Phoenix: The Phoenix is a mythical creature said to build a nest when old, and set it on fire. It would then rise from the ashes in victory. Because of these myths (believed by the Egyptians, Greeks, and Orientals), the bird came to symbolize Christ.

Ship: As those outside of Noe's Ark were destroyed, the ship became a perfect early symbol of the Church with its associations with "the barque of Peter, the Fisherman." In the same vein, the main part of a church's interior, the place where the people worship, is called a "nave," from the Latin "navis" -- ship. The Ark is also a symbol of the Temple through its shape and purpose, both having three levels, etc. And as a symbol of the Temple and Church, it is a symbol of Mary, sealed off with pitch and closed up by God Himself.

Rainbow: Sign of the Covenant with Noe. Its 7 colors (from the top down: red, orange, yellow, green, blue, indigo, and violet) recall the 7 Sacraments (7 is the sign of Covenant and completion). In St. John's vision of Heaven, a rainbow makes an appearance -- over the head of the angel who gives John a book to eat (ch. 10), and surrounding the throne of God:

Apocalypse 4:2-3:

And immediately I was in the spirit: and behold there was a throne set in heaven, and upon the throne one sitting. And he that sat, was to the sight like the jasper and the sardine stone; and there was a rainbow round about the throne, in sight like unto an emerald.

We’ll look at more next time and eventually get into how some of these symbols led to development of heraldry. Until next time, happy reading and writing!



Can the Highlands survive a gifted soul with a tendency toward mischief?

Leonce MacPherson became chieftain after an unknown Norman slaughtered his father and clansmen. For two years he’s raided Northumbria seeking vengeance while a dream woman promises the return of his great sword, stolen in the massacre.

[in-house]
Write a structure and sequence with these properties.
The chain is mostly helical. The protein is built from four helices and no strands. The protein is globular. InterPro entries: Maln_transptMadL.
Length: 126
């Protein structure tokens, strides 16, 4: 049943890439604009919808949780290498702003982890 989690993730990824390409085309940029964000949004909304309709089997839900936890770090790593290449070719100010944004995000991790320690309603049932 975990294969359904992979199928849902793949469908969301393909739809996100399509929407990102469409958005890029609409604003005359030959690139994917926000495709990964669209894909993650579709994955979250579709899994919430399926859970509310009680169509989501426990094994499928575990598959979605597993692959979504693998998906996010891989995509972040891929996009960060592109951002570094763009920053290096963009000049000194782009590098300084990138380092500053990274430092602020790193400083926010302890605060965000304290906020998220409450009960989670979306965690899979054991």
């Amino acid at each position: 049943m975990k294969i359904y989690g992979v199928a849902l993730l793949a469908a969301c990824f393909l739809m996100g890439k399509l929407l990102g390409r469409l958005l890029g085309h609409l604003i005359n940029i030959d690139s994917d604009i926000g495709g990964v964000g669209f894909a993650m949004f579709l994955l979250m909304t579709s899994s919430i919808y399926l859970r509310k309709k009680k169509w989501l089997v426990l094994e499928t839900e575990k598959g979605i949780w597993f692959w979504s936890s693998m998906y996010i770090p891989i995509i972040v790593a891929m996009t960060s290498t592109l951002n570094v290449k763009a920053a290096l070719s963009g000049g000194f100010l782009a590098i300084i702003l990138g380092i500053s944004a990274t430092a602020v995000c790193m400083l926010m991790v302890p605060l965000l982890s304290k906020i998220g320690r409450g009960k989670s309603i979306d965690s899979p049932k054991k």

After escaping an abusive father, Lady Hope Nevilles, unknowingly the Gifted MacKay of her generation, has lived with animals for friends in wild Northumbria. She longs to flee to her mother’s native Highlands and find a place away from capture and torture.

When her father steals Leonce’s son, Hope takes that as a sign to journey to the Highlands. She returns the boy and the great sword to Leonce, who recognizes her as his dream siren. When he tricks her into marriage, will she keep her vow to kill herself rather than submit to any man? Can she learn to trust as her father's sin haunt her future? When she learns the truth of her ancestry and gifted spirit from a clan enemy, will Leonce accept the news, or will distrust and jealousy doom their fragile union?

You can visit Mary at www.marymccall.net or http://marymccall.wordpress.com/


Julie LaLonde Robinson said...

Hi Mary and Eliza :-)
More goodies to add to my notes.
I feel like I'm taking a mini-class!
hope you're having a good time on your vacation. How wonderful to be able to visit the seat of the Vatican.

Thanks for the contest. Please enter me in it-- my address is rebelatheart@bellsouth.net


Carol L. said...

Hi Mary,
This was a very interesting post. The Pelican and the rainbow were new to me and I found that very interesting to read.I already have an autographed copy of Highland Treasure and absolutely loved Leonce and Hope.:)But I'd love to be put in for the basket :)
Carol L.

Maeve Greyson said...

Wonderful post, Mary. I was familiar with all of the symbols you mentioned except for the peacock. Fascinating! Highland Treasure sounds delightful. I know it's going to be a MUST READ. All the best to you and safe travels!

Chicks of Characterization said...

Hi Mary! What a wonderful post!!! You do learn something new every day! There were a few of the symbols that I had never seen before!! Highland Treasure sounds like a wonderful read!! Best of luck!!


librarypat said...

Thank you for another interesting post on symbols. Now I know what my peacocks represent, among other things.
HIGHLAND TREASURE sounds like a book that I will really enjoy. I seek out books set in the Highlands. The clan clashes wounded many people's souls as well as their bodies. Lady Hope is someone I can relate to.

librarypat AT comcast DOT net

Marianne Stephens said...

I have to admit, I'd never heard of the Dolphin, Peacock or Pelican symbols..fascinating insight!
Thanks for explaining all the symbols.